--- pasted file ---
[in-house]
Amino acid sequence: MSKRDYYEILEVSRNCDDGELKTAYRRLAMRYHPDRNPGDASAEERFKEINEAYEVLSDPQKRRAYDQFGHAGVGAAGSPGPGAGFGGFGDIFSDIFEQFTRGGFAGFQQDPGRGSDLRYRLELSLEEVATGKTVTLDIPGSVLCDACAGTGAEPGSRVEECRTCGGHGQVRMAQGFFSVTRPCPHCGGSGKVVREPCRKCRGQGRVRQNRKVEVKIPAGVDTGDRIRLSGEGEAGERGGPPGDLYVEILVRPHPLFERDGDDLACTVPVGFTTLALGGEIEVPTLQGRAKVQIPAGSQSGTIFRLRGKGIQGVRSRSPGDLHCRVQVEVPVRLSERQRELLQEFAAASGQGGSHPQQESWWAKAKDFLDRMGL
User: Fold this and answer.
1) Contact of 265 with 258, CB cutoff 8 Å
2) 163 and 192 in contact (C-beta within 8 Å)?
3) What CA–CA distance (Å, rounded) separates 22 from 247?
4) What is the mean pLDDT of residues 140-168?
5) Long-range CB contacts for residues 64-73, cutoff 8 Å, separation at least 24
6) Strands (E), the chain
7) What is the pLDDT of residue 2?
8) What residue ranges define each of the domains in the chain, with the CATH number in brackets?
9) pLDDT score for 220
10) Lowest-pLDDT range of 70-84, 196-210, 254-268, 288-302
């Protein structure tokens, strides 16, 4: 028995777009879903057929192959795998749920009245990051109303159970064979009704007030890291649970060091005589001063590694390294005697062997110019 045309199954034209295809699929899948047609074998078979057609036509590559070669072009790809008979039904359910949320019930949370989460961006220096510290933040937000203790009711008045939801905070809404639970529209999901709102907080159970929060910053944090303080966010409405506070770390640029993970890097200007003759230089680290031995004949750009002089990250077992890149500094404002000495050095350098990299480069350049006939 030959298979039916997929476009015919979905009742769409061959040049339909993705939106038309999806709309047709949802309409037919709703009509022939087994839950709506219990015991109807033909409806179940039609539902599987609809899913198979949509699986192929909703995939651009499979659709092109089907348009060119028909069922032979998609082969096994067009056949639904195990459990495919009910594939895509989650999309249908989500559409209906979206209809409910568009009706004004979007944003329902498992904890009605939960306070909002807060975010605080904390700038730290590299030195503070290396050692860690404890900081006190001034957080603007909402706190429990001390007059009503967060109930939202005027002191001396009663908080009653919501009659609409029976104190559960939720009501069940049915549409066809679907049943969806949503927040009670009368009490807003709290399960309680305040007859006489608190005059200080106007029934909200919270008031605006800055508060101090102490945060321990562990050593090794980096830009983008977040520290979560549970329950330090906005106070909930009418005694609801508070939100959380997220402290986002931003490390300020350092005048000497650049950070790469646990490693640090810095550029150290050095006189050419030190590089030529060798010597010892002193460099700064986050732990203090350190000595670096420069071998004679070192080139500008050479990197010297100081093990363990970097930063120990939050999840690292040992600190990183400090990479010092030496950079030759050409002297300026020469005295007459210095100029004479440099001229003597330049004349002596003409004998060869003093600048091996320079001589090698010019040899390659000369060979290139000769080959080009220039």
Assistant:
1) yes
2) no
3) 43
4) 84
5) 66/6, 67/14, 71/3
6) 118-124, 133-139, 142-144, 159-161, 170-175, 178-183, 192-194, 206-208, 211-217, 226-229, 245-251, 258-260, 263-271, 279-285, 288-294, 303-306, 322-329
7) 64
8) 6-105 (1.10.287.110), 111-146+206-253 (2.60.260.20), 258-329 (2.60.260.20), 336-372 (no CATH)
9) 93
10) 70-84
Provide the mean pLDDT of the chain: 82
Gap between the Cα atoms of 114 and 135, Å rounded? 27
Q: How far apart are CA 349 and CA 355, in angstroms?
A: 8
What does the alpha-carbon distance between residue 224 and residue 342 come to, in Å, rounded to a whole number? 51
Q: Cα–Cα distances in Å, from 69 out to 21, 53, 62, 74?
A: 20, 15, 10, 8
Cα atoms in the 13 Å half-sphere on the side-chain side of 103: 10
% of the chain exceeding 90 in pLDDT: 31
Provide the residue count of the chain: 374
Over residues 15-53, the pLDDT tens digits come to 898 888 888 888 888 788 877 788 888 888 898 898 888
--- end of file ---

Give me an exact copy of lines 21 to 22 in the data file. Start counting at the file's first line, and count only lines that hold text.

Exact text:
6) 118-124, 133-139, 142-144, 159-161, 170-175, 178-183, 192-194, 206-208, 211-217, 226-229, 245-251, 258-260, 263-271, 279-285, 288-294, 303-306, 322-329
7) 64